Newspaper of The New York Herald, August 3, 1846, Page 1

Newspaper of The New York Herald dated August 3, 1846 Page 1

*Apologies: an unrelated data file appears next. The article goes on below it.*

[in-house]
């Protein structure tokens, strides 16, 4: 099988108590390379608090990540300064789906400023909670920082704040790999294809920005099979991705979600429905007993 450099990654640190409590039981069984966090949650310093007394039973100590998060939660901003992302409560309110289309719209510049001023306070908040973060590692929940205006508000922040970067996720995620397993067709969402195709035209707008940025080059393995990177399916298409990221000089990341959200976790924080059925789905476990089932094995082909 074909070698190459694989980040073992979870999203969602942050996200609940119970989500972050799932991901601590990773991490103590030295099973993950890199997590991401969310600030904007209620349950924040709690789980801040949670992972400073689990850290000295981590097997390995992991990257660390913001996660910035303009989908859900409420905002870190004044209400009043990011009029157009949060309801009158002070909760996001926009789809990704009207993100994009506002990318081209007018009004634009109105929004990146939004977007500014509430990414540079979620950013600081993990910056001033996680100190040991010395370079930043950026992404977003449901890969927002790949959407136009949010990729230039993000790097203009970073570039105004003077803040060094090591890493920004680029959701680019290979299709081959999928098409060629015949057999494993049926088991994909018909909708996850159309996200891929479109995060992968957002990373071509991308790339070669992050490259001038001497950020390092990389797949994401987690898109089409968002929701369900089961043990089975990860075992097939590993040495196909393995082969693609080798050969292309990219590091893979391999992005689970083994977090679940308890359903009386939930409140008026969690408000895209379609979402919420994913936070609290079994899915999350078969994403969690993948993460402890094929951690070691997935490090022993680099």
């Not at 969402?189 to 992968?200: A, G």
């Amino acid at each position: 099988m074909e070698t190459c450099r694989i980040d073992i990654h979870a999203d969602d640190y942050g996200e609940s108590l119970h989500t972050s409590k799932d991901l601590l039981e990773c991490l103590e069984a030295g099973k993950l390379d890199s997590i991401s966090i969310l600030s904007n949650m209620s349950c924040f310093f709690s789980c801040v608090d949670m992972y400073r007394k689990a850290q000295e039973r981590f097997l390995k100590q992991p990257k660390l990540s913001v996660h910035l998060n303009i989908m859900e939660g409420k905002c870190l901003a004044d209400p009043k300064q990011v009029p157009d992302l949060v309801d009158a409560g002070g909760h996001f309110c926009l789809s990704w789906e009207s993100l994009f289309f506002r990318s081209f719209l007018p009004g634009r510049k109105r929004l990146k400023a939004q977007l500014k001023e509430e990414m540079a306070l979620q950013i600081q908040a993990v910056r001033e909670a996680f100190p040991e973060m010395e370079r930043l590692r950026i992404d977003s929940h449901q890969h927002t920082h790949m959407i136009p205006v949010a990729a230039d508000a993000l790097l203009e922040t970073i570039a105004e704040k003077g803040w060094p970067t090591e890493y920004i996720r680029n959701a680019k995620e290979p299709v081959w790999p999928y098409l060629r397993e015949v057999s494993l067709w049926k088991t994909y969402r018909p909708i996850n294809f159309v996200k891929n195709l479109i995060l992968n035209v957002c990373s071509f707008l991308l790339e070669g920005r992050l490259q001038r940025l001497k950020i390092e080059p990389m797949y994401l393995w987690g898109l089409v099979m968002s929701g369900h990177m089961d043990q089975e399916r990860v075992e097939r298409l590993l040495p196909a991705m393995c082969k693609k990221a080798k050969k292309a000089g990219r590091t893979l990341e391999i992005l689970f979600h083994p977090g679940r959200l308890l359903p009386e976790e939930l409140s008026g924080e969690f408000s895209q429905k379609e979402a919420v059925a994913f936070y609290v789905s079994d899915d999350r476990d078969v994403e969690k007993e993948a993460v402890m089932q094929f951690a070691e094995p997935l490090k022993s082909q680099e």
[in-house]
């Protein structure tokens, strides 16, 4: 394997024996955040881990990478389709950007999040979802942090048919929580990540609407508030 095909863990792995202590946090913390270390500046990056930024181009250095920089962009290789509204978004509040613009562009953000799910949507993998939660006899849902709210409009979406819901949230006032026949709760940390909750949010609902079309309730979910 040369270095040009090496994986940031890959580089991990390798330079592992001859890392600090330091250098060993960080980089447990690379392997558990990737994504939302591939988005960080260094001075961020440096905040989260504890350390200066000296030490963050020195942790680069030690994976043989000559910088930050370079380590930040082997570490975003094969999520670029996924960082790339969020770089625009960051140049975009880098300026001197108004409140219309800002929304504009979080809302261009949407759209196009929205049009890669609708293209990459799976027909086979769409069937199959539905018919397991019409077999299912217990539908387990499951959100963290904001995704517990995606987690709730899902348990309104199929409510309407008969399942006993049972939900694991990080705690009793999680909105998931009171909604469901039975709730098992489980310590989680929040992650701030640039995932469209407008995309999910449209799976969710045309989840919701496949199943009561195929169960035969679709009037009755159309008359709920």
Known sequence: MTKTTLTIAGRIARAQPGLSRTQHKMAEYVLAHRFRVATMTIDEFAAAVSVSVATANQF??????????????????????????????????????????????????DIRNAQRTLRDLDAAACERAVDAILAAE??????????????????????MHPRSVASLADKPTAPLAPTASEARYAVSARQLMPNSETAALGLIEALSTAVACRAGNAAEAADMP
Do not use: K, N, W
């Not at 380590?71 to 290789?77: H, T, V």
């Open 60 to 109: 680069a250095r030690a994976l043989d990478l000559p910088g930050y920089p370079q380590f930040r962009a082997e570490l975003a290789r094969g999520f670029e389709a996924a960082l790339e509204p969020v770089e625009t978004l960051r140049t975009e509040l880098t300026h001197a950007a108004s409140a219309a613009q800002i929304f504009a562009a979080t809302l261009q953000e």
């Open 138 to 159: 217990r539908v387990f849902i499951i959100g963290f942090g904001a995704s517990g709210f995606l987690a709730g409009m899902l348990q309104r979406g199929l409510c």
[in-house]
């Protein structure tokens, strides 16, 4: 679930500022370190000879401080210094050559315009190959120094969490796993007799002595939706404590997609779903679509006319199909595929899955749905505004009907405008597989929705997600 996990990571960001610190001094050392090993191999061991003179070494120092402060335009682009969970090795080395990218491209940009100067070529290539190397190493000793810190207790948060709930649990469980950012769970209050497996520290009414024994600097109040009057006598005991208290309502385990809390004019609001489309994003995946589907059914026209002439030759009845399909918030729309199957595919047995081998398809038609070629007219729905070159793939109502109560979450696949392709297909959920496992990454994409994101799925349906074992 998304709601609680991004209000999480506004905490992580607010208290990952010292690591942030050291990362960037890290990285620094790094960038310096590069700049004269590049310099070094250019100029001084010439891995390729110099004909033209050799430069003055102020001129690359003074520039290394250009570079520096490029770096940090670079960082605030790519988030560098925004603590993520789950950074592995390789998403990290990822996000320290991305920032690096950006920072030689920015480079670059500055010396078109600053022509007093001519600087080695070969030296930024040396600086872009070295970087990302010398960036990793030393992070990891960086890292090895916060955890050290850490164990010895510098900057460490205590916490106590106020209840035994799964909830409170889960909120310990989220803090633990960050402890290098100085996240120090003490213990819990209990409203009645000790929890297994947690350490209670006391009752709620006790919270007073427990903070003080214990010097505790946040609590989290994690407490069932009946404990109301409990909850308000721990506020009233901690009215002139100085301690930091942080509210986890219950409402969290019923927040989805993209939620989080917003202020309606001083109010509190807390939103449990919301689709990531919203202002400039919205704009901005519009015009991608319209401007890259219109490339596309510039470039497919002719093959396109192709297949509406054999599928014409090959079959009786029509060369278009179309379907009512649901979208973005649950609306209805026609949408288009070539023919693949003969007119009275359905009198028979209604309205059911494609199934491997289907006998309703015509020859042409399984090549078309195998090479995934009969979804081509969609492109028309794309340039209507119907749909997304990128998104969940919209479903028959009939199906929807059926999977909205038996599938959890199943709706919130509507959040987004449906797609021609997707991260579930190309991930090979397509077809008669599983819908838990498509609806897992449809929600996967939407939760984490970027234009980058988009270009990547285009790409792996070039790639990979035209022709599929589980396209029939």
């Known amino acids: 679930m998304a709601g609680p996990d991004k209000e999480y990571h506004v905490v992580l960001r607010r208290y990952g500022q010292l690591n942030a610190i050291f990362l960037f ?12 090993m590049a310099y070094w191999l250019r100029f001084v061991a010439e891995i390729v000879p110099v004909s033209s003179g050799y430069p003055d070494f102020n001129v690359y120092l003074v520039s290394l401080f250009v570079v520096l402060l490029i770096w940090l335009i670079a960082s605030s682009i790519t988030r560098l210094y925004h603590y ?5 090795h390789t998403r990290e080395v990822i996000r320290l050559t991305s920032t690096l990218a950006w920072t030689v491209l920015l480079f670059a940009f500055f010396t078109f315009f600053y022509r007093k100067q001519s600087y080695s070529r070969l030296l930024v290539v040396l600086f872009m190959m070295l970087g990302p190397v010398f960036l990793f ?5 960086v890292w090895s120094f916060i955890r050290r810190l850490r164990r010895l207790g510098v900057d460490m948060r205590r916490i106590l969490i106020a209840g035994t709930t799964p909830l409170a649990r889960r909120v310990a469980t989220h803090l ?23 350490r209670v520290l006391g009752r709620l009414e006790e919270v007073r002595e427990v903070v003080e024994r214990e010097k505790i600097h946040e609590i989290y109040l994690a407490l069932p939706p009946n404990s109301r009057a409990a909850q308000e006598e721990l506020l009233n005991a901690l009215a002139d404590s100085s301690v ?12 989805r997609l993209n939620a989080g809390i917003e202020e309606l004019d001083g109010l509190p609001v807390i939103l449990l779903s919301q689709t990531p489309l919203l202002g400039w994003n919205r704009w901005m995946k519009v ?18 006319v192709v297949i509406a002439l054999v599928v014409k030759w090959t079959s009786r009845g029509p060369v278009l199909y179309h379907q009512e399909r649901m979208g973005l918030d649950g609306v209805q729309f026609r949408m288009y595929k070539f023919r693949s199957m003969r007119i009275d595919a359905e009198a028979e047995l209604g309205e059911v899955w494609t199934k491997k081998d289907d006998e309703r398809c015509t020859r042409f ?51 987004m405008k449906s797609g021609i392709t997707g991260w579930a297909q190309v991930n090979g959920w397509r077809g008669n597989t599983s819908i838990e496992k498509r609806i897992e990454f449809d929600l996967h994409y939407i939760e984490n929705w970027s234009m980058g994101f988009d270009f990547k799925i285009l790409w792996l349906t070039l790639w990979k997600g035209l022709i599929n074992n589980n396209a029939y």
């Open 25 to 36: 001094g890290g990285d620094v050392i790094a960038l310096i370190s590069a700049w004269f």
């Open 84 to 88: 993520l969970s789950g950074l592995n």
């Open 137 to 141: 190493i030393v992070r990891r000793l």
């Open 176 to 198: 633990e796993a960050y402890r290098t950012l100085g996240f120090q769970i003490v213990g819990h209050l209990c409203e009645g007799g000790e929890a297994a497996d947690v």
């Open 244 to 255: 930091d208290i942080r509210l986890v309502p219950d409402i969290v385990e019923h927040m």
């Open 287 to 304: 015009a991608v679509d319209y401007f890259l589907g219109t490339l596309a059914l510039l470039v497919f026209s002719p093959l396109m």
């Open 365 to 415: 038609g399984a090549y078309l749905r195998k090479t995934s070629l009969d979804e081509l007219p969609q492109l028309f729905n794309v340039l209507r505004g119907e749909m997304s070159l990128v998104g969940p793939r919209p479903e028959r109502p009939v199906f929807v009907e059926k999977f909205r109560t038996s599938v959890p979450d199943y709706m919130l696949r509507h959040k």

Text content (automatically generated)